DISABILITY AND THE NDIS IN RURAL AUSTRALIA
The proportion of the population who live with a disability is higher outside Major Cities and highest in Inner Regional areas. Approximately 4.4 million Australians, or 17.7 per cent of the population were living with a disability in Australia in 2018ii. Geographic disparities (higher rates outside of Major Cities) persisted when data was analysed by age and degree of disability. Of people living with disability aged 0 to 64 years of age, 16.8 per cent live in Inner Regional areas and 12.9 per cent live in Outer Regional and Remote areas compared to 10.4 percent in Major Cities.iii Rates of disability are higher in Aboriginal and Torres Strait Islander peoples in all geographic areas but highest in Inner Regional areas.iv
People under 65 years of age who live with a disability in households in Outer regional and remote areas are less likely to see a GP, medical specialist or dentist than those living in Major Cities. At the same time they are more likely to visit a hospital emergency department.v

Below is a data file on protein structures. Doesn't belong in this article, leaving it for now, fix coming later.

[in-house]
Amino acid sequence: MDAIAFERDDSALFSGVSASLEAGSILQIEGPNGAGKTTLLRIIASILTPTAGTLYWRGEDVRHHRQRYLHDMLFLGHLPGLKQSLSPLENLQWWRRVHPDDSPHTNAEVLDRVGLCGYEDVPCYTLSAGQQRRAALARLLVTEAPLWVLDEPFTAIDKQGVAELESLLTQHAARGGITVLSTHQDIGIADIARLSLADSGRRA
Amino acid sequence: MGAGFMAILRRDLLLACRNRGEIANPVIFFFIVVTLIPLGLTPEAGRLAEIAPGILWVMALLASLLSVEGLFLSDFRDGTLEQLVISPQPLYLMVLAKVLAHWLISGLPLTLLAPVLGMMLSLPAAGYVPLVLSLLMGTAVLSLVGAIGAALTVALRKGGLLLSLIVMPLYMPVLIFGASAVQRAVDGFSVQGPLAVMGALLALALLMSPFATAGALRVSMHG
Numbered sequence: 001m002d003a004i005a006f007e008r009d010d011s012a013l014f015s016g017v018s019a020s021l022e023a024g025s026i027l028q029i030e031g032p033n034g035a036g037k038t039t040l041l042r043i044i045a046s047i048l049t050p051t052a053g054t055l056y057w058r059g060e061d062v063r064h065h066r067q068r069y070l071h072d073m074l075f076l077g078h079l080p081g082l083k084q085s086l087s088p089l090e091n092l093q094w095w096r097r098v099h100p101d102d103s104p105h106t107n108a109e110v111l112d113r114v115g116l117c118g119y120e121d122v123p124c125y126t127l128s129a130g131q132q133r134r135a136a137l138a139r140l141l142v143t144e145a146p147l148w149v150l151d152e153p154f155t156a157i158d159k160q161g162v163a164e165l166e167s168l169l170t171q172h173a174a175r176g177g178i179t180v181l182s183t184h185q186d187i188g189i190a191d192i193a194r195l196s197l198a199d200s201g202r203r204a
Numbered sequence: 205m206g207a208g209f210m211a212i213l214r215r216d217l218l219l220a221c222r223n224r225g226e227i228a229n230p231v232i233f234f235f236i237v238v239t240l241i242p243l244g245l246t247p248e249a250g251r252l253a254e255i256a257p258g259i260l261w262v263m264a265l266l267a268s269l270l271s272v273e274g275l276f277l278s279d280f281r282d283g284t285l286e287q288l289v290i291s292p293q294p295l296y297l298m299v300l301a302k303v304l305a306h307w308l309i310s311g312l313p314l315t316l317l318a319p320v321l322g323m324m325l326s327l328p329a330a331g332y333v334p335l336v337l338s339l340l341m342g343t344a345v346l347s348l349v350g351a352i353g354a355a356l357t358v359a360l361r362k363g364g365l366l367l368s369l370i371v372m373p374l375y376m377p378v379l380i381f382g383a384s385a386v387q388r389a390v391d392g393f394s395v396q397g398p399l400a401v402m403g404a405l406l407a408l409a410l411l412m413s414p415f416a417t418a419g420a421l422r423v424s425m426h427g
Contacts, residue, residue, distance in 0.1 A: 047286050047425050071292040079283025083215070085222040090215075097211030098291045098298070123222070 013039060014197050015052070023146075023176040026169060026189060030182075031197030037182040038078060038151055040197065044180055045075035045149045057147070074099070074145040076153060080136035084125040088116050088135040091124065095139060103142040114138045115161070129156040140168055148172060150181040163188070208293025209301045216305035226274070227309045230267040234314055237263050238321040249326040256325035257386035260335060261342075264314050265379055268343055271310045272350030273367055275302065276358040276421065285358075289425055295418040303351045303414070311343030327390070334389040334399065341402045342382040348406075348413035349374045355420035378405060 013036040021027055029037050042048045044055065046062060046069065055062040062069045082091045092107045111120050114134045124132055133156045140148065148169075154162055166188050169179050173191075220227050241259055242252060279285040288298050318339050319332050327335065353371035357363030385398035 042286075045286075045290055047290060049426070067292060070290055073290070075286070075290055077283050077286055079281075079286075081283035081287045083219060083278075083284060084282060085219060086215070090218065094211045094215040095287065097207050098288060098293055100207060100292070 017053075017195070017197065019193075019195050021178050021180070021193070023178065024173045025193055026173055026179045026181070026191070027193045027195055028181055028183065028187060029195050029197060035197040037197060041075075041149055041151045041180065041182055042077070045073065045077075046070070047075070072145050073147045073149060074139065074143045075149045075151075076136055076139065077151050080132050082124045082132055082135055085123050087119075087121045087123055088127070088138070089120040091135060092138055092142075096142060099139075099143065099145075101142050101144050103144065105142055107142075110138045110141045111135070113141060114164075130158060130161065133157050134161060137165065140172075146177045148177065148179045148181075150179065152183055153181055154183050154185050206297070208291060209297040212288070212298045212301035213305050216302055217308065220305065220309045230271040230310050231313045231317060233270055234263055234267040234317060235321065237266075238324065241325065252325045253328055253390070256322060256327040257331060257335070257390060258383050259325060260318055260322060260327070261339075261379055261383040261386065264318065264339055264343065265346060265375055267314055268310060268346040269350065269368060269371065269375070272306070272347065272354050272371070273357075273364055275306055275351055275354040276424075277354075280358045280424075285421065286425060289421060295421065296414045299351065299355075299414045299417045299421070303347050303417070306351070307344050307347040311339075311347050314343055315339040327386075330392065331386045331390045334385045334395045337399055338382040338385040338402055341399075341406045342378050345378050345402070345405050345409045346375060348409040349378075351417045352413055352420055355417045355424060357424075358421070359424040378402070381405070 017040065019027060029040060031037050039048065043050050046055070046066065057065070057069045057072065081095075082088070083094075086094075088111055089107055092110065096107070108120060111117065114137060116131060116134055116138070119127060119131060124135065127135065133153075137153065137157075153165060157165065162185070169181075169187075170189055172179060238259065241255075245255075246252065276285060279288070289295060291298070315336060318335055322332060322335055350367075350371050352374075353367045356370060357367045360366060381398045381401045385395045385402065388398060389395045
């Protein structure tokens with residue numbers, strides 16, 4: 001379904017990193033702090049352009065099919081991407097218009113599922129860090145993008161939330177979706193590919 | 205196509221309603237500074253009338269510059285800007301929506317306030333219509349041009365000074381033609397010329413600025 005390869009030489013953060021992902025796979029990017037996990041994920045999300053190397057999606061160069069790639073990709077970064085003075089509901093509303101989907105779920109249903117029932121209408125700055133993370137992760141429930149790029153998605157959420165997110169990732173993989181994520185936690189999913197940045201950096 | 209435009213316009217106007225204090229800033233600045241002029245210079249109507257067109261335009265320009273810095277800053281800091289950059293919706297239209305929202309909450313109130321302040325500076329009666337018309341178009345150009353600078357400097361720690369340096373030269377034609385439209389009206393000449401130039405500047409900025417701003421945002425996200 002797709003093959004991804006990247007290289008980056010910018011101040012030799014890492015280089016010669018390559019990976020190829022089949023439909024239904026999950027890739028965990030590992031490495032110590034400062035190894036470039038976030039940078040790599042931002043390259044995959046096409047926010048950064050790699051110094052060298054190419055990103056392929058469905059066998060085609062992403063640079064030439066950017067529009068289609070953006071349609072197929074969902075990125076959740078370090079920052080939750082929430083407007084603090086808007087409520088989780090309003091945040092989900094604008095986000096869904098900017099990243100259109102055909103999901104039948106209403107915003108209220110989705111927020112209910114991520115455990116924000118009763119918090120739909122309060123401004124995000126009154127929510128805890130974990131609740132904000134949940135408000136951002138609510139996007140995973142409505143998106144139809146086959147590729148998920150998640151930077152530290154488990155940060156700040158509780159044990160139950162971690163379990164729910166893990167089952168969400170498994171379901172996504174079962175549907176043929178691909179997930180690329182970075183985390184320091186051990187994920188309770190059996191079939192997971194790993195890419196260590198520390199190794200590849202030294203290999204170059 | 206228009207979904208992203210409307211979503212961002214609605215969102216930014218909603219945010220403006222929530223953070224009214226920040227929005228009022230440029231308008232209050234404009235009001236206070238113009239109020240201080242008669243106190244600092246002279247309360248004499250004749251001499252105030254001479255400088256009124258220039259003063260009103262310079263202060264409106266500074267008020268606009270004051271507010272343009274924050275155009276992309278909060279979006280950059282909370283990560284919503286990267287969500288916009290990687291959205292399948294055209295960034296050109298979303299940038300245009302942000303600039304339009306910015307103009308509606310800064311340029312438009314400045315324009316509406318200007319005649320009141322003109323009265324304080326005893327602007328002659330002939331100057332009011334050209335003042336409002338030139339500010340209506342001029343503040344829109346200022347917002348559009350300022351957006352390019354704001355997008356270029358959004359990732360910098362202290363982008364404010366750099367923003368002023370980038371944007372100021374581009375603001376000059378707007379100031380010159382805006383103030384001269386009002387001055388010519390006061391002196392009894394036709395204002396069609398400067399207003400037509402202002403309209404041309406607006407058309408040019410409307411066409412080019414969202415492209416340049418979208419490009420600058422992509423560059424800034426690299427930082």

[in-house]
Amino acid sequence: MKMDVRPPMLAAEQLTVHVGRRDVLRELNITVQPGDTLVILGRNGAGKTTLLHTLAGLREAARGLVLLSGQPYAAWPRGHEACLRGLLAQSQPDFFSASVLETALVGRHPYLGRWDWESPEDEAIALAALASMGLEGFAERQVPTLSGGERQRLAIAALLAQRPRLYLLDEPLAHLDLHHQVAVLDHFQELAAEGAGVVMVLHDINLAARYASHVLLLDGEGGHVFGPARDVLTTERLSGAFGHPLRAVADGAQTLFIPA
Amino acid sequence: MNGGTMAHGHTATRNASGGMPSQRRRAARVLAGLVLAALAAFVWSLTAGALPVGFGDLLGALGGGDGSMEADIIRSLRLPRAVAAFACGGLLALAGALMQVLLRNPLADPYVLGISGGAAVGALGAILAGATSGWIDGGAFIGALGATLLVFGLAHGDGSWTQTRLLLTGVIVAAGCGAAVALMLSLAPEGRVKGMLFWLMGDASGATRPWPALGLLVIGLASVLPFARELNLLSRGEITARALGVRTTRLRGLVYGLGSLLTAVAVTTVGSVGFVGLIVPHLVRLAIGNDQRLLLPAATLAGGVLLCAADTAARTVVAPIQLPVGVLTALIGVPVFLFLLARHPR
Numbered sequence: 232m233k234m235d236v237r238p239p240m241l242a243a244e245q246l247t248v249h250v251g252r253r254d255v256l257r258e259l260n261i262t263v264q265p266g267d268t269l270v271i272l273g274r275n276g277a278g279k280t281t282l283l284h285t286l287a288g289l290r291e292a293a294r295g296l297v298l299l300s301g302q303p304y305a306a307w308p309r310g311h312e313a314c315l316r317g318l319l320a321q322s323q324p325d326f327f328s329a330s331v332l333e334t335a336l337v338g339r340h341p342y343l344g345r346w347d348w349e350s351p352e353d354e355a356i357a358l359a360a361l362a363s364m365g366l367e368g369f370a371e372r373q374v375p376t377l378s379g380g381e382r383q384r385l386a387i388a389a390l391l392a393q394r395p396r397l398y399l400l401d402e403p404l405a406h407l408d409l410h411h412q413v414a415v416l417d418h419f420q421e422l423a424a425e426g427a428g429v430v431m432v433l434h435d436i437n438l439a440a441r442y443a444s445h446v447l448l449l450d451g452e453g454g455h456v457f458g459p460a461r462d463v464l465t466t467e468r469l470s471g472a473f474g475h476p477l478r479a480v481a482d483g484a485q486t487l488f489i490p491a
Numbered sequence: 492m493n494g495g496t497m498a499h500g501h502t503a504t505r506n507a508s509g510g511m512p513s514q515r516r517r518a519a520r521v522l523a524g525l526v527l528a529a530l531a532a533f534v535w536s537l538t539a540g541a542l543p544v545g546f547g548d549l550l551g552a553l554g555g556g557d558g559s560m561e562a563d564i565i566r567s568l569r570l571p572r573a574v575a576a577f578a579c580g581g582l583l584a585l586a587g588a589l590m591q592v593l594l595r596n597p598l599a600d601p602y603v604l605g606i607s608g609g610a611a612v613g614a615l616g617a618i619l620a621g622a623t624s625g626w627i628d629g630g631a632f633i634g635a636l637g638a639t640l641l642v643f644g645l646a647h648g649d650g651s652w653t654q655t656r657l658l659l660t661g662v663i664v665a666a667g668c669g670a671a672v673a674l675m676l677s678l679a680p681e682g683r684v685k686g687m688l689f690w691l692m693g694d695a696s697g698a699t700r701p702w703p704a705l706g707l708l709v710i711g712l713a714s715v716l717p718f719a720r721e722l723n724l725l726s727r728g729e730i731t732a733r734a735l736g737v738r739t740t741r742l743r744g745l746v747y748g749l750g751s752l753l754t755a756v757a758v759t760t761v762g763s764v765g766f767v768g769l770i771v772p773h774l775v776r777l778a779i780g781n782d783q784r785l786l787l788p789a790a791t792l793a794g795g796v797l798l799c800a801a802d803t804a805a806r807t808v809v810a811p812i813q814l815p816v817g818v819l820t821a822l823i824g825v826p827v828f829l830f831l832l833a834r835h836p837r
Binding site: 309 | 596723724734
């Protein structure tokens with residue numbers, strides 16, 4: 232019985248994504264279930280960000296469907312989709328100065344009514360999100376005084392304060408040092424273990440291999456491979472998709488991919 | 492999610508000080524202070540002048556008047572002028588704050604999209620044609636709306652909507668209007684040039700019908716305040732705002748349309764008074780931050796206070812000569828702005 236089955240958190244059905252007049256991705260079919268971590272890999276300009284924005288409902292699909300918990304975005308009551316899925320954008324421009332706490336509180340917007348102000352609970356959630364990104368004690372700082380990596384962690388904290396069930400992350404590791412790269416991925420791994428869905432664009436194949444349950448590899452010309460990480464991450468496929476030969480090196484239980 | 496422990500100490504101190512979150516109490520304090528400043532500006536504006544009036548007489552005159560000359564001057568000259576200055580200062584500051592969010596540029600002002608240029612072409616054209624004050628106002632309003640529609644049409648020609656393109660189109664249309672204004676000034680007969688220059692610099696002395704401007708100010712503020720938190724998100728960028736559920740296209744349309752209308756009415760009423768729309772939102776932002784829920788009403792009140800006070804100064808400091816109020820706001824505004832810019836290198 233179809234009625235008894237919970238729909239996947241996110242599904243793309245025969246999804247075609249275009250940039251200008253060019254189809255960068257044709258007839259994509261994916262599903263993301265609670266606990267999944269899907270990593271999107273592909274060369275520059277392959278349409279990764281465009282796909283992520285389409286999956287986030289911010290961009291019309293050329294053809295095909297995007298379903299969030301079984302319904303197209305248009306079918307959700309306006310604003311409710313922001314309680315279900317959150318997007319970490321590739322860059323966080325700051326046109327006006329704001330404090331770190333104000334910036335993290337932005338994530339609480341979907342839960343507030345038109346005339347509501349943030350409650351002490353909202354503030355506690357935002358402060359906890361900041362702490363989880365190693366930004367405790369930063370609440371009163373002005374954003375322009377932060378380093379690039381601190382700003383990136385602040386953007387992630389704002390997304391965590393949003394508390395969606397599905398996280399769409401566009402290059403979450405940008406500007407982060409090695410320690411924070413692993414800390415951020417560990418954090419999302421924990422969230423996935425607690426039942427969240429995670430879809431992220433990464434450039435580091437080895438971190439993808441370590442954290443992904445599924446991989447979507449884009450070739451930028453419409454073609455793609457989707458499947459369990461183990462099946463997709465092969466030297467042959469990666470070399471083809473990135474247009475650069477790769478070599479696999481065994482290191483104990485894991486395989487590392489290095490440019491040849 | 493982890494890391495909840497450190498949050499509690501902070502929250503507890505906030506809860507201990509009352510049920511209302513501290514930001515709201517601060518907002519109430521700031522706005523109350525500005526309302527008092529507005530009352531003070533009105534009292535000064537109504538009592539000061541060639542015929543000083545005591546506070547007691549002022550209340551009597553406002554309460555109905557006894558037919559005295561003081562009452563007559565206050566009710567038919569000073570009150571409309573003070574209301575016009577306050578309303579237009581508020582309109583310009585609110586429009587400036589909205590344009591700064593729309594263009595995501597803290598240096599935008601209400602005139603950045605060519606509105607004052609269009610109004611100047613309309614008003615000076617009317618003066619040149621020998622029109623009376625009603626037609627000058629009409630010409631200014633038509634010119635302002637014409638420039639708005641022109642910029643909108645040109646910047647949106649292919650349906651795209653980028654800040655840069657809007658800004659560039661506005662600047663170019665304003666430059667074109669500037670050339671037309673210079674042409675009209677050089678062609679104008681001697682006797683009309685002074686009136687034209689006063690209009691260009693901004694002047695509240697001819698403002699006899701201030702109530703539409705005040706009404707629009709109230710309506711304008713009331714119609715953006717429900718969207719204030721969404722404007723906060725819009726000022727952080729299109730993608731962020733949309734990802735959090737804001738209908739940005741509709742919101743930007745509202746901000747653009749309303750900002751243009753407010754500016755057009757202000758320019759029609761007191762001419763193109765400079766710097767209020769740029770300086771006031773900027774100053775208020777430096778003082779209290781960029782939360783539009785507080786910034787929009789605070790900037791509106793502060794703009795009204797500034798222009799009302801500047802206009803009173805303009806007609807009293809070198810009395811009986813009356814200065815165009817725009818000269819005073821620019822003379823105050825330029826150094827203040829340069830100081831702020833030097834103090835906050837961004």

Relative to the rest of Australia, using the Monash Modified Model (MMM) remoteness classification, Regional Centres (MM2), Large Rural Towns (MM3) and Medium Rural Towns (MM4) have the highest prevalence of NDIS participants, compared to the national average. For example, the proportion of NDIS participants in Large Rural Towns (MM3) is 1.4 times the average across Australia, indicating a higher need for disability services in these areas, related at least in part to the higher prevalence of disability. In contrast, the prevalence of participants in Very Remote Communities (MM7) is 0.7 the national average.vi The contributing factors may include lack of awareness of, or ability to access, the scheme by those who may be eligible for the NDIS....